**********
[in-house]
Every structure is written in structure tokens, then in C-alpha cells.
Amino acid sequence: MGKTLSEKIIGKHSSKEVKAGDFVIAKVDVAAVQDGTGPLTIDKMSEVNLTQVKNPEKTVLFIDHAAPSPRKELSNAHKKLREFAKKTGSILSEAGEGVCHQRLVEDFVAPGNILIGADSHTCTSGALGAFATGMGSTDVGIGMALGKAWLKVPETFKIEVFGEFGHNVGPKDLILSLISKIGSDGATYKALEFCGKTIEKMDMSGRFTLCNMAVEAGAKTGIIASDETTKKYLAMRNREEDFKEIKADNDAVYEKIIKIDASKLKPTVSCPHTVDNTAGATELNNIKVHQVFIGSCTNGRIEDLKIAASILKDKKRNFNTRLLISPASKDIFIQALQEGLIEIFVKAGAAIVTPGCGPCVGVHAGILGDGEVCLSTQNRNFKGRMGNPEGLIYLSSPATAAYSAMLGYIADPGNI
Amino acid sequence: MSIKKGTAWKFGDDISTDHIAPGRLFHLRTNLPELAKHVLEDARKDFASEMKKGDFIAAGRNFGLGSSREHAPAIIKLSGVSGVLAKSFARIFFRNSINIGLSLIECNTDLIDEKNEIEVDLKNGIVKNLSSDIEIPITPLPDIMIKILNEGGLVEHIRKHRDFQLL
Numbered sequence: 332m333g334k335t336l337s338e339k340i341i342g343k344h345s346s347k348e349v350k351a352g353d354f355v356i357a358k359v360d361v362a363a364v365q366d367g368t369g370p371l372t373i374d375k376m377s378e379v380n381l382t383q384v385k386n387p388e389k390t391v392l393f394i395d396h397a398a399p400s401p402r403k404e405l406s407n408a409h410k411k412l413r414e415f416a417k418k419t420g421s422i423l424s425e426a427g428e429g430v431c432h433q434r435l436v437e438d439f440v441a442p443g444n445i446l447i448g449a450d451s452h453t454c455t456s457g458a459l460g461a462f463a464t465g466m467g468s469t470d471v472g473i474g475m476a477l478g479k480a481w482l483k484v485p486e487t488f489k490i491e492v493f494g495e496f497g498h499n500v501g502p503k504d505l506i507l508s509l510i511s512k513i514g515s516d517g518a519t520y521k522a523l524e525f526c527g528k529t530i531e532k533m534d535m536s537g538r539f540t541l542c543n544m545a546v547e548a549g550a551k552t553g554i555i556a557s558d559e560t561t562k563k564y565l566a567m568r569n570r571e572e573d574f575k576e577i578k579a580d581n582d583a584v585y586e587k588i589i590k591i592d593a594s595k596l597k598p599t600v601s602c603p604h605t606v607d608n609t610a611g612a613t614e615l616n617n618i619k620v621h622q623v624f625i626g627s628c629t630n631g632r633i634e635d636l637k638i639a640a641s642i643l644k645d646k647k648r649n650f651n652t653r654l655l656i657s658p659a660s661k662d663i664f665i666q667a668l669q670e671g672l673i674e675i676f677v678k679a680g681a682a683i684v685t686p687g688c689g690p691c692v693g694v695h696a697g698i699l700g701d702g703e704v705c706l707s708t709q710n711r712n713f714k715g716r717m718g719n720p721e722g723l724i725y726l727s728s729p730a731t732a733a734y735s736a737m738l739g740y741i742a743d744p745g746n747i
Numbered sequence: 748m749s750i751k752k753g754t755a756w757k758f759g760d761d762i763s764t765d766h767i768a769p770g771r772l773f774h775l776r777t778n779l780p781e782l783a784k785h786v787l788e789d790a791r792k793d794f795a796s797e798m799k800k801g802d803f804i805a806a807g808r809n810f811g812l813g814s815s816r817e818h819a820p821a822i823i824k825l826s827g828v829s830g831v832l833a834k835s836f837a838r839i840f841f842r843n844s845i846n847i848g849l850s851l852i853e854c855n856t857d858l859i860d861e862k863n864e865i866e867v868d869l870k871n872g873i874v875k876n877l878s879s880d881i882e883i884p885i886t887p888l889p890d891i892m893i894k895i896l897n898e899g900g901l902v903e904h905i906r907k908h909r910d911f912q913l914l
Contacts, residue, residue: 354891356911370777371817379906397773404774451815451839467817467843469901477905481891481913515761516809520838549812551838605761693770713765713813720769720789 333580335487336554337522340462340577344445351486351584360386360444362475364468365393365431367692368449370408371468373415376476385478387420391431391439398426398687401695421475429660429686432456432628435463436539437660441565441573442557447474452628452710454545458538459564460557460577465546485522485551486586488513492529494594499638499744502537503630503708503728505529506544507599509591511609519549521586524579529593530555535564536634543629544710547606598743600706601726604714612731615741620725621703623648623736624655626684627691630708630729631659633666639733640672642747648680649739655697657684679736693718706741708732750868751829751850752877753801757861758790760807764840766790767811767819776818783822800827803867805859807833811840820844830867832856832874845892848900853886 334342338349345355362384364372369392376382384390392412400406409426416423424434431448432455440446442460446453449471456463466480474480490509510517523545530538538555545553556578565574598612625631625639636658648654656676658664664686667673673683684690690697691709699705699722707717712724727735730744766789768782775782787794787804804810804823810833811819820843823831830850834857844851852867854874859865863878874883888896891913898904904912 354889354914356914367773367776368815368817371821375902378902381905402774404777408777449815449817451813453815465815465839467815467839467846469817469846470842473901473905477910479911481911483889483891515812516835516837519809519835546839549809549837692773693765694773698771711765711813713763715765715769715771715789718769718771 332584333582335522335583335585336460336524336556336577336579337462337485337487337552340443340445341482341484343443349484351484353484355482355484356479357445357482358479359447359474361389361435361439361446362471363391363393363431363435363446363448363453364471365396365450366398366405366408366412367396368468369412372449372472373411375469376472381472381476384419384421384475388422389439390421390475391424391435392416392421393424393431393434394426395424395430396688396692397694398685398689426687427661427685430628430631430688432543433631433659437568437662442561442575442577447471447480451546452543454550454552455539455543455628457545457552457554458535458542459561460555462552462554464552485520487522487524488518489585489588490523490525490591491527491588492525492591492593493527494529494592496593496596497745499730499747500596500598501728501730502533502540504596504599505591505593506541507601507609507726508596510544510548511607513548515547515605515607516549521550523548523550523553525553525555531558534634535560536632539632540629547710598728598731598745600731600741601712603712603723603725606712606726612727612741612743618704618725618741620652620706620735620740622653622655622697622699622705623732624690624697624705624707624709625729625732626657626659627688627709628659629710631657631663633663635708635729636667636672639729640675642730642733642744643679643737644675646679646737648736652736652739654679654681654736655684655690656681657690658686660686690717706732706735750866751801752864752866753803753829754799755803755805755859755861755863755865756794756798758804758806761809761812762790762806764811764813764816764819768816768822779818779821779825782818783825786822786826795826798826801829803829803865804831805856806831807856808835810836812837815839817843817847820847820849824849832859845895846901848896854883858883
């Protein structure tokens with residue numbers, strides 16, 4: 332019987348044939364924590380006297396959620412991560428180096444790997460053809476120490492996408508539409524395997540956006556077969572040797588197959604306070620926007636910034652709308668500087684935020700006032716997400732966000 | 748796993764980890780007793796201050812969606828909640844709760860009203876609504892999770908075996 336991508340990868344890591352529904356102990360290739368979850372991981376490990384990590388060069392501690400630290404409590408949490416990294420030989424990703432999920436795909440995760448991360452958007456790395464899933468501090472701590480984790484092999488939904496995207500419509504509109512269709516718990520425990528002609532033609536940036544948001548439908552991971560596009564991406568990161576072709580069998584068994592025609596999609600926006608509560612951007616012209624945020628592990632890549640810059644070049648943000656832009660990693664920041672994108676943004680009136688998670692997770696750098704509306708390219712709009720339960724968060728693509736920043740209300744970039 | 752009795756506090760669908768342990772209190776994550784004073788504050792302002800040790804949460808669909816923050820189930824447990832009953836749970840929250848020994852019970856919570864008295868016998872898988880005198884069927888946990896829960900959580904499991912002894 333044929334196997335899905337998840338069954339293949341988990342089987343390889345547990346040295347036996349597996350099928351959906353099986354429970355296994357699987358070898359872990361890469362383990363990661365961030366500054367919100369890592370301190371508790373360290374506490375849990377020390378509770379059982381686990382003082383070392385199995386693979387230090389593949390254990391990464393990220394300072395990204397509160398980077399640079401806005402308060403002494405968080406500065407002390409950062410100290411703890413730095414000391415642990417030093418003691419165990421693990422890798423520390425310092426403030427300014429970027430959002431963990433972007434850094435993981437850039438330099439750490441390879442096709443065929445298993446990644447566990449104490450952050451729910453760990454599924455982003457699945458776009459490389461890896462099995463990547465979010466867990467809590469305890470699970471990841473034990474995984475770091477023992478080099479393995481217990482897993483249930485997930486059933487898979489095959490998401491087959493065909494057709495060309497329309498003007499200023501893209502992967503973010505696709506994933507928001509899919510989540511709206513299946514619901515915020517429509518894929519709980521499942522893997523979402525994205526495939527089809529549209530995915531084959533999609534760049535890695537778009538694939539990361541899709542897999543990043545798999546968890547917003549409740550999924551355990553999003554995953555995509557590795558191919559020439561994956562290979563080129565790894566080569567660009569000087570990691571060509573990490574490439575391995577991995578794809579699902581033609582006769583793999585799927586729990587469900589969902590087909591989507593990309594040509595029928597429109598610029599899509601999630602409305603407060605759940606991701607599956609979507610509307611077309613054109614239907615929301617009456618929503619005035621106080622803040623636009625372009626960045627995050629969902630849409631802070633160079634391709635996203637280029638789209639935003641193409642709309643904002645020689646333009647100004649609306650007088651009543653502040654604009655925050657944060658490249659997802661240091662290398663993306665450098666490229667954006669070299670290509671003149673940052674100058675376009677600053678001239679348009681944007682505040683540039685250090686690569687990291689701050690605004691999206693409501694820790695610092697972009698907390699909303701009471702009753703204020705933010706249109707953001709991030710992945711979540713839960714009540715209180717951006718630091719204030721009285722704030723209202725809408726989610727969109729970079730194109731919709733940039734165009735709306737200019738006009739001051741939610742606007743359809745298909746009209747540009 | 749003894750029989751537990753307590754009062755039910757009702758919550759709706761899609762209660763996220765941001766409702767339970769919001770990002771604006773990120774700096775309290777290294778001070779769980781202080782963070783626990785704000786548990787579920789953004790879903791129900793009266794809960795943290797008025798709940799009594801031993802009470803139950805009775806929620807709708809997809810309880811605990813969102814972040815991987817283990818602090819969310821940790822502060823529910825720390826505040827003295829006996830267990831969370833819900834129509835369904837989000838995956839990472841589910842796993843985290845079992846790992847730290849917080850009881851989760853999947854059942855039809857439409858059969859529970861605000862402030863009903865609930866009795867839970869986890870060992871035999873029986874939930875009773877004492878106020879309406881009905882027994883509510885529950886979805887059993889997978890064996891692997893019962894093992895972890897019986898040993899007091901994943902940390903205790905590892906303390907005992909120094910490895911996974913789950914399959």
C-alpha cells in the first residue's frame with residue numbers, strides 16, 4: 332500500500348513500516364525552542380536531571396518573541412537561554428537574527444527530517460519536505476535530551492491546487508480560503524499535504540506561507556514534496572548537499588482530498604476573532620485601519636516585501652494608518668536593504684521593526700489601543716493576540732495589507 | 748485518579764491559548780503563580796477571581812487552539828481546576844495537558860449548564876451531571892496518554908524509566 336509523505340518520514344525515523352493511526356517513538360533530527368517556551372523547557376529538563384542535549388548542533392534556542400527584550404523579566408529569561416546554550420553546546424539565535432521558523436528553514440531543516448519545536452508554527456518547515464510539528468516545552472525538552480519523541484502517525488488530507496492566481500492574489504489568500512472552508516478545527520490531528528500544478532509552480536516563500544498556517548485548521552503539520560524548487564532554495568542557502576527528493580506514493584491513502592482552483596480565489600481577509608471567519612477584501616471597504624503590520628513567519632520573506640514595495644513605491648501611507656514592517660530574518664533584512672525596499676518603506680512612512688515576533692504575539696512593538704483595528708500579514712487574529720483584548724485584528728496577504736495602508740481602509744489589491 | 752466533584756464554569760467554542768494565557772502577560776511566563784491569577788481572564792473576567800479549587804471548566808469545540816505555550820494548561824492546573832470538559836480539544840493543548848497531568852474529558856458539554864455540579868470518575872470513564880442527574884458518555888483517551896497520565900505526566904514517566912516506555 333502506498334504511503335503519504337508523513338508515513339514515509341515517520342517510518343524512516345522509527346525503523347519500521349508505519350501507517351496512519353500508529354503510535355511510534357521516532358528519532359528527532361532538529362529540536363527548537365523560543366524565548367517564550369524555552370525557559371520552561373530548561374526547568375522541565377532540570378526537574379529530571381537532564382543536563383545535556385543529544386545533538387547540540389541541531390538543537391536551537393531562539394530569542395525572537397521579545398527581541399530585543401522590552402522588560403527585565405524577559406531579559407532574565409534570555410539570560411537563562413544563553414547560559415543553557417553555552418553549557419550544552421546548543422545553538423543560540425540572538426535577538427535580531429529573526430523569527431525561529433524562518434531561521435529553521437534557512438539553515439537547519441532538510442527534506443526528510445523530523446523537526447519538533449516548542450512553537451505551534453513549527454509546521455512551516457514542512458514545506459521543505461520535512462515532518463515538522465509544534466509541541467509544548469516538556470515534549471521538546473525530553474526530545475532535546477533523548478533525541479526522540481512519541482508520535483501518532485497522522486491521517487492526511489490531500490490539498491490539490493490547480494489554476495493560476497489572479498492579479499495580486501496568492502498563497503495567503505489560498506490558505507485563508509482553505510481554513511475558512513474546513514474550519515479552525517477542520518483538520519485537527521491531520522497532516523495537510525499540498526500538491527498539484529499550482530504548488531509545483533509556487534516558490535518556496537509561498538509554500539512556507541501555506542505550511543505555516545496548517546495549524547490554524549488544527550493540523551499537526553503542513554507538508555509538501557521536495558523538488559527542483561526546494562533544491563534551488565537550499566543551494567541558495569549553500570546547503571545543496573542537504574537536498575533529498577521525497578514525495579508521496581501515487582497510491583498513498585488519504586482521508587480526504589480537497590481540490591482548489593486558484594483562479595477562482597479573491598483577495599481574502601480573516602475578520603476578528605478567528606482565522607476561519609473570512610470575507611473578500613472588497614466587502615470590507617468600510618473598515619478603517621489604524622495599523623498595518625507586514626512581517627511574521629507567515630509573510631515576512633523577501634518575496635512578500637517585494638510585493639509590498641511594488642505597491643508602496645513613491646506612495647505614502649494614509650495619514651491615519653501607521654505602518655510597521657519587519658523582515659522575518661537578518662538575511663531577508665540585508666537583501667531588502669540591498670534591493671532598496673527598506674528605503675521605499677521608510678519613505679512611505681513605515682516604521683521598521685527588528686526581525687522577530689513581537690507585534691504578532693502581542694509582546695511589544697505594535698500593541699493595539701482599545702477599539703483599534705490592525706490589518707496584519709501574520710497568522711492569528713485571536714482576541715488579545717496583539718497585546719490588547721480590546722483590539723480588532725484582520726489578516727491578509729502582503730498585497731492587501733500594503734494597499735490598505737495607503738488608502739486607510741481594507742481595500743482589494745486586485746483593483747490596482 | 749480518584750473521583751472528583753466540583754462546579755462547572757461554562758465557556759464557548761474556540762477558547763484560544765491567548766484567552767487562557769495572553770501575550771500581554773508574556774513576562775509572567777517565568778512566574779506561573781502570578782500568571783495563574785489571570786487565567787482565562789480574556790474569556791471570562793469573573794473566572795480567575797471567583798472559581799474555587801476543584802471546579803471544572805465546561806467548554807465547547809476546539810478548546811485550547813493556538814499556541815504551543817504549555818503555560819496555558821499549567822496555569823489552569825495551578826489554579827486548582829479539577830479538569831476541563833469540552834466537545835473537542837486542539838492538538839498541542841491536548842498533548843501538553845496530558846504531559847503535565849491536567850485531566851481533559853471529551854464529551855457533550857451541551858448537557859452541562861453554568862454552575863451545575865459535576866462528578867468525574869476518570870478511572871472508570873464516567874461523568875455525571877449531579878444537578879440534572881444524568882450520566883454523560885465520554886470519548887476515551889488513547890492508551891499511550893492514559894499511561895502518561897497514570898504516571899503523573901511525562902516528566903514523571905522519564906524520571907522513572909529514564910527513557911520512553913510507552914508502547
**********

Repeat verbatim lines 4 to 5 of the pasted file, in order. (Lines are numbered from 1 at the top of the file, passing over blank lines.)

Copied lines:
Amino acid sequence: MSIKKGTAWKFGDDISTDHIAPGRLFHLRTNLPELAKHVLEDARKDFASEMKKGDFIAAGRNFGLGSSREHAPAIIKLSGVSGVLAKSFARIFFRNSINIGLSLIECNTDLIDEKNEIEVDLKNGIVKNLSSDIEIPITPLPDIMIKILNEGGLVEHIRKHRDFQLL
Numbered sequence: 332m333g334k335t336l337s338e339k340i341i342g343k344h345s346s347k348e349v350k351a352g353d354f355v356i357a358k359v360d361v362a363a364v365q366d367g368t369g370p371l372t373i374d375k376m377s378e379v380n381l382t383q384v385k386n387p388e389k390t391v392l393f394i395d396h397a398a399p400s401p402r403k404e405l406s407n408a409h410k411k412l413r414e415f416a417k418k419t420g421s422i423l424s425e426a427g428e429g430v431c432h433q434r435l436v437e438d439f440v441a442p443g444n445i446l447i448g449a450d451s452h453t454c455t456s457g458a459l460g461a462f463a464t465g466m467g468s469t470d471v472g473i474g475m476a477l478g479k480a481w482l483k484v485p486e487t488f489k490i491e492v493f494g495e496f497g498h499n500v501g502p503k504d505l506i507l508s509l510i511s512k513i514g515s516d517g518a519t520y521k522a523l524e525f526c527g528k529t530i531e532k533m534d535m536s537g538r539f540t541l542c543n544m545a546v547e548a549g550a551k552t553g554i555i556a557s558d559e560t561t562k563k564y565l566a567m568r569n570r571e572e573d574f575k576e577i578k579a580d581n582d583a584v585y586e587k588i589i590k591i592d593a594s595k596l597k598p599t600v601s602c603p604h605t606v607d608n609t610a611g612a613t614e615l616n617n618i619k620v621h622q623v624f625i626g627s628c629t630n631g632r633i634e635d636l637k638i639a640a641s642i643l644k645d646k647k648r649n650f651n652t653r654l655l656i657s658p659a660s661k662d663i664f665i666q667a668l669q670e671g672l673i674e675i676f677v678k679a680g681a682a683i684v685t686p687g688c689g690p691c692v693g694v695h696a697g698i699l700g701d702g703e704v705c706l707s708t709q710n711r712n713f714k715g716r717m718g719n720p721e722g723l724i725y726l727s728s729p730a731t732a733a734y735s736a737m738l739g740y741i742a743d744p745g746n747i